Mental math is a tool through which kids can quickly arrive at the right solution for a range of problems involving advanced calculations. Kids can use the right techniques to expedite calculation, while also developing an appreciation for the beauty of mathematics. You can introduce students to a whole new world of numbers and functions that likely didn’t exist before.

**What Is Mental Math?**

The utilization of equation manipulation, quick functions, and calculation tricks to arrive at the right answer for a solvable query is mental math. With mental math practice, kids can perform complex calculations within a few seconds while requiring minimal assistance. With the right teaching mechanisms, kids can learn strategies that they can apply in their everyday lives as well.** **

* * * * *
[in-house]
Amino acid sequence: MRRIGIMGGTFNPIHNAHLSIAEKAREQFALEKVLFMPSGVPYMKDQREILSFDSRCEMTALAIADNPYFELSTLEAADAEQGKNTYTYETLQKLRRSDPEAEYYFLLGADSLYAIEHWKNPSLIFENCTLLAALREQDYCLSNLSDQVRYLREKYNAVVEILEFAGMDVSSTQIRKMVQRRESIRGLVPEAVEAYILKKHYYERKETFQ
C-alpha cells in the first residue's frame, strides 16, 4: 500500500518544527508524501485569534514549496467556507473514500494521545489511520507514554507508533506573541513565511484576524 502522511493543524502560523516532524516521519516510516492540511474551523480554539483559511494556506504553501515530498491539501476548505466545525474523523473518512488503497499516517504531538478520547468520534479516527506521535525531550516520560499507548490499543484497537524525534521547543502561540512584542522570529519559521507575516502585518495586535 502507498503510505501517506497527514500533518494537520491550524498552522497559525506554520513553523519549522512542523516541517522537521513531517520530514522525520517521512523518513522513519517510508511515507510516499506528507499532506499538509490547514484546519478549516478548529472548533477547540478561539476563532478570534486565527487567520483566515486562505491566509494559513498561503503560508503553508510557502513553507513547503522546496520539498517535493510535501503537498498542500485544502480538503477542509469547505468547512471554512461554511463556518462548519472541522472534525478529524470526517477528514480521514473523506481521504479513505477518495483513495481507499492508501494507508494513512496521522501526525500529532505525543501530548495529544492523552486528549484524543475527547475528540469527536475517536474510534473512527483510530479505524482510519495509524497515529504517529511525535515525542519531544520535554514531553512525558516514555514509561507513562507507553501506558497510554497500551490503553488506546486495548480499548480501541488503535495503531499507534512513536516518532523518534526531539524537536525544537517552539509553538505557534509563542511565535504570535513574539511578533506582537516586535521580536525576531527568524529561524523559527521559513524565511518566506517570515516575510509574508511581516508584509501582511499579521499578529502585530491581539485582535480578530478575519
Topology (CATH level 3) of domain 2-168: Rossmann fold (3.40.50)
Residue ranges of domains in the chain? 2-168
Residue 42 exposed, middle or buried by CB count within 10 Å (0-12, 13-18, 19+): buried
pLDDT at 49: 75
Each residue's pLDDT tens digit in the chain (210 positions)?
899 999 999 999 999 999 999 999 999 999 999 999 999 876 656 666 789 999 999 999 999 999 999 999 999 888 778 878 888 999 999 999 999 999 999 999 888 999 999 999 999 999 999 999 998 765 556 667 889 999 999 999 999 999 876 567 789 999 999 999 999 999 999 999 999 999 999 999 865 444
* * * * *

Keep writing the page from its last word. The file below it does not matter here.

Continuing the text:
**Why Are Mental Calculations Important for Kids?**

Learning the right strategies to compute math problems mentally can help develop a sense of curiosity about the subject. Your students can learn to appreciate math problems from different lenses without feeling overwhelmed by them. New mathematical concepts can be introduced to them, without them experiencing anxiousness, which many students face during their early years.

Math can also sharpen a child’s mind to think analytically, which is essential for long-term cognitive development. You can set your child up for a lifetime of learning if you train them the right way about good mental calculation concepts. You can also help them apply math concepts in real life, as they calculate the approximate speed at which a bicycle is moving, the distribution of heights in a classroom, and other cool mental math examples.

Kids also end up loving math as a creative subject rather than a life skill that is purely about numbers. You can empower them to solve many problems by using math, thereby introducing a fondness for the subject. They can raise their hands quicker in class to provide answers to questions, and they can come up with new ways to solve age-old equations using the best strategies.